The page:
Facebook's new privacy-first policy comes as no surprise. Given the social media giant's rough 2018, Zuckerberg and Co. had to do something to begin repairing the damage. Unfortunately, it may not be enough.

Nowhere in Facebook's six new privacy principles does the company address how it plans to handle ad targeting or data sharing with third parties--the issue that got the company in hot water in the first place. Facebook may claim to take privacy more seriously, but without addressing the most serious issue of all, why should users let down their guard?

Facebook's challenges deserve scrutiny, but they are really a symptom of larger consumer privacy concerns. Companies continue to collect as much data as they can, yet many consumers don't believe those businesses treat their information with the appropriate amount of care. For brands to change that perception, they must hold themselves to higher standards of transparency and accountability.

Marketers, Data, and a Shaky Truce

New legislative moves, including Europe's GDPR, tell brands one thing--that customers want more control over their data. Companies ignoring that mandate will suffer in the public eye, while those that go above and beyond will enjoy the approval of the masses.

After all, most consumers don't wish to leave the grid altogether. They enjoy the personalized perks that data-collecting brands can provide. However, if they begin to feel that their data is unsafe or misused, they want the power to do something about it. Further, they want to hear about any potential issues directly from the brand, not from the first media outlet to get wind of a breach.

Every company that collects customer information struggles to find the balance between good data stewardship and practical data use. Customers want the best of both worlds: personalized service and minimal data collection. Brands can't meet expectations of quality without collecting relevant information, but they can put consumer fears to rest and engender trust by following a few best practices.

1. Be crystal clear about what data your company wants.

Don't spy on people. Communicate clearly about exactly what type of data your company collects, how it collects it, and why it matters (i.e., how it impacts the customer experience). Set expiration dates dictating when to purge old data and communicate those deadlines, too, so audiences know that the company isn't sitting on years of unauthorized information.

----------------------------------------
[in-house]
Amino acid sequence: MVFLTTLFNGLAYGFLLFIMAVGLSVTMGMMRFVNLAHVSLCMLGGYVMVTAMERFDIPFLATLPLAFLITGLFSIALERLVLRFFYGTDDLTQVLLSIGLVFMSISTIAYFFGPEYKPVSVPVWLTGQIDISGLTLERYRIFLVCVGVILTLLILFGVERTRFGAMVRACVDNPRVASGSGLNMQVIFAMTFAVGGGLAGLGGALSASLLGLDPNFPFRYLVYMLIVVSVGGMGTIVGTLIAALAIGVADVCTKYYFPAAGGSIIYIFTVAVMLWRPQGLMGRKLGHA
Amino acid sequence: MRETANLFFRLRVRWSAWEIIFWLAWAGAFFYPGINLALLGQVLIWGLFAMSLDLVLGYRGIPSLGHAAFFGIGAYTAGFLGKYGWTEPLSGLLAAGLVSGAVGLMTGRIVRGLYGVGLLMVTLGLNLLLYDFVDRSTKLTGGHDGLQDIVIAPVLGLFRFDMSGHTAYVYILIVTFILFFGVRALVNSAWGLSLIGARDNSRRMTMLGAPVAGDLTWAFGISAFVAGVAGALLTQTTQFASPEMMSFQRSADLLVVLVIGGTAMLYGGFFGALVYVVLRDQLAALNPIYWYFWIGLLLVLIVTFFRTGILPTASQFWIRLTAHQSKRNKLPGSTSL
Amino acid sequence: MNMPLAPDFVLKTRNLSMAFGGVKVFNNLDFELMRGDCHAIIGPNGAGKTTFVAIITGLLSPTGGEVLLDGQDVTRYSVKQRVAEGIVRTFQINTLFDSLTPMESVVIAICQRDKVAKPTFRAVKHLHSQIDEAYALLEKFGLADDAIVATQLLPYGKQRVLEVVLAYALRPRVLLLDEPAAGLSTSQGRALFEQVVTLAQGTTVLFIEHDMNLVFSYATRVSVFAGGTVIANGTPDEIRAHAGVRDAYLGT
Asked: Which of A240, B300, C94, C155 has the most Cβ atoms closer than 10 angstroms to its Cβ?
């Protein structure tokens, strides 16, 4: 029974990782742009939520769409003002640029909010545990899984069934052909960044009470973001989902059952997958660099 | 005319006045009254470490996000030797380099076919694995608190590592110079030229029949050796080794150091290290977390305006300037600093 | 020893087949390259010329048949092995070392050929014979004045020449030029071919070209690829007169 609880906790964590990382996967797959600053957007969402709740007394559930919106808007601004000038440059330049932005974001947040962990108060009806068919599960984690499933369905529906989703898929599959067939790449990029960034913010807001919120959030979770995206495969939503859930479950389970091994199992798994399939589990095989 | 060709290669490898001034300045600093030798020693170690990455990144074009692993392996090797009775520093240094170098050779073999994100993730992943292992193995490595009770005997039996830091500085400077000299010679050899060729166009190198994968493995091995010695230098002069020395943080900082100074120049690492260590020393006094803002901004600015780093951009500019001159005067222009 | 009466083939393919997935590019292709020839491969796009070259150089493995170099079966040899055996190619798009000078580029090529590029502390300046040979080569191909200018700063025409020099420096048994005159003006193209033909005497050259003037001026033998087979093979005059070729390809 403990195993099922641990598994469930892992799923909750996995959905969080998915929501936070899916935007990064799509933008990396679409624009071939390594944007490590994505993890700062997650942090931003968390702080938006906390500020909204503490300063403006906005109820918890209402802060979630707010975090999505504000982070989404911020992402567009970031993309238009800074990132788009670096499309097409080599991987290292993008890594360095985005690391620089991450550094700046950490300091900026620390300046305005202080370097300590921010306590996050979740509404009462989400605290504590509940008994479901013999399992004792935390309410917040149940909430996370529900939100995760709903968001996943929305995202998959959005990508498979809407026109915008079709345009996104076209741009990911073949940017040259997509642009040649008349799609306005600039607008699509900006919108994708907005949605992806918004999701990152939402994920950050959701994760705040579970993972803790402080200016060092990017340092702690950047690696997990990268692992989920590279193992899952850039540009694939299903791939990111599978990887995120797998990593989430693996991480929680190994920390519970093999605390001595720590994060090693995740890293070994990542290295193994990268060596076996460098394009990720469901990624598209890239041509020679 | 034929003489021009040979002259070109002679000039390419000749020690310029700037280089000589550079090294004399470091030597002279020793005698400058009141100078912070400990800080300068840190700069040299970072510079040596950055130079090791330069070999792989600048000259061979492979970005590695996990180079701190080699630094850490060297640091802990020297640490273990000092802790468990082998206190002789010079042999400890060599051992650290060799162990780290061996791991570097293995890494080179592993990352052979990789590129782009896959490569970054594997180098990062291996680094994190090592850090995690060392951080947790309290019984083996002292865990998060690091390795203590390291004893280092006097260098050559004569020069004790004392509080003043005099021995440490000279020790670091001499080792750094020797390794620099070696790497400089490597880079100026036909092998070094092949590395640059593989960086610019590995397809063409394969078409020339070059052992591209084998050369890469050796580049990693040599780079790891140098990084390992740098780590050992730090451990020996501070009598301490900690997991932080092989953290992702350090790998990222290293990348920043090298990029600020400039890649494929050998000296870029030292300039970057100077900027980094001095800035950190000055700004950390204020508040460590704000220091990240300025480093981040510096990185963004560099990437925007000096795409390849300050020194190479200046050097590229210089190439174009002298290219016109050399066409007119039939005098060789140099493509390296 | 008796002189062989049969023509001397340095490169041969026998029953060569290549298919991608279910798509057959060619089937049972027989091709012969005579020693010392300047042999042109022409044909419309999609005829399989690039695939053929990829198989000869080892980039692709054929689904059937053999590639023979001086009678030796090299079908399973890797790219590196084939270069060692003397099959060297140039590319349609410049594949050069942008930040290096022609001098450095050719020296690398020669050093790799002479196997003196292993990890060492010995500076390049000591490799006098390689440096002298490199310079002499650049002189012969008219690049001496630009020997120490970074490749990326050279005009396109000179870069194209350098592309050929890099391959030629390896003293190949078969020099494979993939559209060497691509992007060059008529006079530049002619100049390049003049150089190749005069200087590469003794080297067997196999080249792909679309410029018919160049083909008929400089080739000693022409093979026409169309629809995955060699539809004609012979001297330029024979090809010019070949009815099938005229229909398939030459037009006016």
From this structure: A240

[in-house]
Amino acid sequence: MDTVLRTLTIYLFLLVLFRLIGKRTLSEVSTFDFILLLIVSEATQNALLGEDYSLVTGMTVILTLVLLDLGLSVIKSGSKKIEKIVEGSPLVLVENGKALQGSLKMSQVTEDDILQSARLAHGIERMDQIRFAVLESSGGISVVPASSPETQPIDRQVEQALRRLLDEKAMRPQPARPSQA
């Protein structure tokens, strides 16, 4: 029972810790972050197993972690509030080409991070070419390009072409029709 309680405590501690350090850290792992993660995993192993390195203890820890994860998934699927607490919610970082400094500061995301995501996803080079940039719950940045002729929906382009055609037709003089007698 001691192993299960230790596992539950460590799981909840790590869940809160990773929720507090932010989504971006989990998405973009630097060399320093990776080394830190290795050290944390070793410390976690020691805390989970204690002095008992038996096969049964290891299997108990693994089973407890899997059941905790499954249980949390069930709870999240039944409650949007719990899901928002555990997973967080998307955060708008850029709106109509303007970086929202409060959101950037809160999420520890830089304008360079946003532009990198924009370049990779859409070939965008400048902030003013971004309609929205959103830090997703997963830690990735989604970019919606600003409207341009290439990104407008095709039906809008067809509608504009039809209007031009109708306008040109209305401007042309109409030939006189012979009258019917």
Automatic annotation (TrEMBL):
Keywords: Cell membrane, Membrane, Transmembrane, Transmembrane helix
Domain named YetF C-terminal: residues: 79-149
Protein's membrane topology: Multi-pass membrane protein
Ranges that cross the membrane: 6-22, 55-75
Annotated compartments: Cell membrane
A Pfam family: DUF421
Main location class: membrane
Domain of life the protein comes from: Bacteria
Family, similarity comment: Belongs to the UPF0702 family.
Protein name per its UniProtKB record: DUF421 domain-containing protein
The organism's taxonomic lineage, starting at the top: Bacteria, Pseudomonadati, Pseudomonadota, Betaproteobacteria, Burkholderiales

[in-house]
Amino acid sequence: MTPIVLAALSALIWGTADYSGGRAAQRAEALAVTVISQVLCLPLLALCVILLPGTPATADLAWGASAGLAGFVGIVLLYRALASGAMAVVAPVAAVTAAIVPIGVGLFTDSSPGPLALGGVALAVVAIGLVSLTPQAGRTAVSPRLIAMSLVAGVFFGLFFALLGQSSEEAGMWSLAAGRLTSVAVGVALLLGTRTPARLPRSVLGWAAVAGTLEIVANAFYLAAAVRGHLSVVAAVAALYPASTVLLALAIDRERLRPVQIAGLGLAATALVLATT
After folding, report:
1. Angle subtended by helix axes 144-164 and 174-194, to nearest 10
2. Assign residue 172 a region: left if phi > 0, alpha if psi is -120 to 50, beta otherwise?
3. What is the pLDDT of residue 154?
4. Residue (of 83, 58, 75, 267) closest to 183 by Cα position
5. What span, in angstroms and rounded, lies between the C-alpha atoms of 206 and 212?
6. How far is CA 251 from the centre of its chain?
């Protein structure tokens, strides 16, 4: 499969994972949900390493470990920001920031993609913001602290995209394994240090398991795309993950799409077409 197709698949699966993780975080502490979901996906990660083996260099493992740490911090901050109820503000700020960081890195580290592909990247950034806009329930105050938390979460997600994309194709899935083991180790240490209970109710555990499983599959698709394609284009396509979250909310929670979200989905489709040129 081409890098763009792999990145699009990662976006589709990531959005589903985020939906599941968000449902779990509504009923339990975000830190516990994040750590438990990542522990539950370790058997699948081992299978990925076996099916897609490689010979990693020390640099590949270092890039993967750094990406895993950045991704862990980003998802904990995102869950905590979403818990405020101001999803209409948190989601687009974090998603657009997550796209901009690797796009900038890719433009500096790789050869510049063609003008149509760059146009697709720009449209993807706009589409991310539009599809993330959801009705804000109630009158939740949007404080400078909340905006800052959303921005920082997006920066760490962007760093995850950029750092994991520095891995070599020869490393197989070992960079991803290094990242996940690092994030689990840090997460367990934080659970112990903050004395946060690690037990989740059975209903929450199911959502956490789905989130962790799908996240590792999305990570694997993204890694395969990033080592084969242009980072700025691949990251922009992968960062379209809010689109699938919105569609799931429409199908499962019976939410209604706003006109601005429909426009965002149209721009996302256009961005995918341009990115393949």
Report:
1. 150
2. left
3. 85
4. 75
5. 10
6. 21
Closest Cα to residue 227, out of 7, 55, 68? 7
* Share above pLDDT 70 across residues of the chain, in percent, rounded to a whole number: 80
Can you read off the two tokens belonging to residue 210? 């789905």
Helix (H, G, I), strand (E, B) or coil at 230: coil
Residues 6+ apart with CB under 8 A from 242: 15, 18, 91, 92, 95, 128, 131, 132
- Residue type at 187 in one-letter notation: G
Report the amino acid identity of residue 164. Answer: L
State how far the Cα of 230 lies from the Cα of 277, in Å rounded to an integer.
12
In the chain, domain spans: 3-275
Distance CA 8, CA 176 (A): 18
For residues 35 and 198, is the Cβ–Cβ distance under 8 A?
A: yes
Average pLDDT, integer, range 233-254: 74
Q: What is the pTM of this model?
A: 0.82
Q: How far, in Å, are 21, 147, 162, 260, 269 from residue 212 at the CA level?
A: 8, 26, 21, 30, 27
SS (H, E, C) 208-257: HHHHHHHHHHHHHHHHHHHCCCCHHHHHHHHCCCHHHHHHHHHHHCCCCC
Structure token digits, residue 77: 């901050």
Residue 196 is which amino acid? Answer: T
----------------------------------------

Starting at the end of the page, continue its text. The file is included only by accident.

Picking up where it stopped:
DuckDuckGo's explanation of its privacy policy should be the standard. Even if most other companies won't follow the alternative search engine's "no collection" default, the format and clarity of the company's stance on privacy has earned it a place of trust in an industry where trust is rare.

Consumers don't just ignore textbook-length terms and conditions; they distrust the companies that hide behind them. Speak plainly about data protection and collection to set the stage for an honest relationship.

2. Only ask for data that helps provide value.

Why collect unnecessary data? Best-case scenario: The company won't use some of it. Worst-case scenario: The company suffers a breach of data it never even needed. Most customers (58 percent) will share personal data if they get something valuable in return, so only ask for information when it improves your service.

Use data to enhance offerings, not to gatekeep them. Megan Curley, vice president of consumer and market intelligence at RAPP San Francisco, says, "Give them a reason to say yes, but put the ultimate decision where it belongs: in their hands."

Curley notes how MoneyLion, a mobile finance platform, collects financial information from users and leverages that data to make value-adding suggestions. It notifies users about potential overdrafts and offers personalized savings tips based on actual activity. Users exchange their data for improved service, and both sides benefit from the transaction.

3. Keep every data-sharing promise.

After collecting any data, provide the promised benefit and tell the customer how the data made the service possible. Communicate regularly via email or other brand-owned channels to remind customers they can adjust their data-sharing preferences whenever they want.

Encourage customers to trust your brand by offering social proof. Collect case studies and social media testimonials from customers who appreciate the company's approach to privacy, and use that proof to boost consumers' perception of your brand. In the unfortunate event that something does go wrong, apologize immediately. Provide a clear account of the issue and detail the plan the company will follow to prevent a recurrence. Keep showing, as Apple is doing now, why your brand will protect its users first and foremost in all future decisions.

As data becomes increasingly important, don't forget the people behind it. Keep customers informed about where their data goes and why. Behind every data point is a person, and that person deserves respect and honesty at every turn.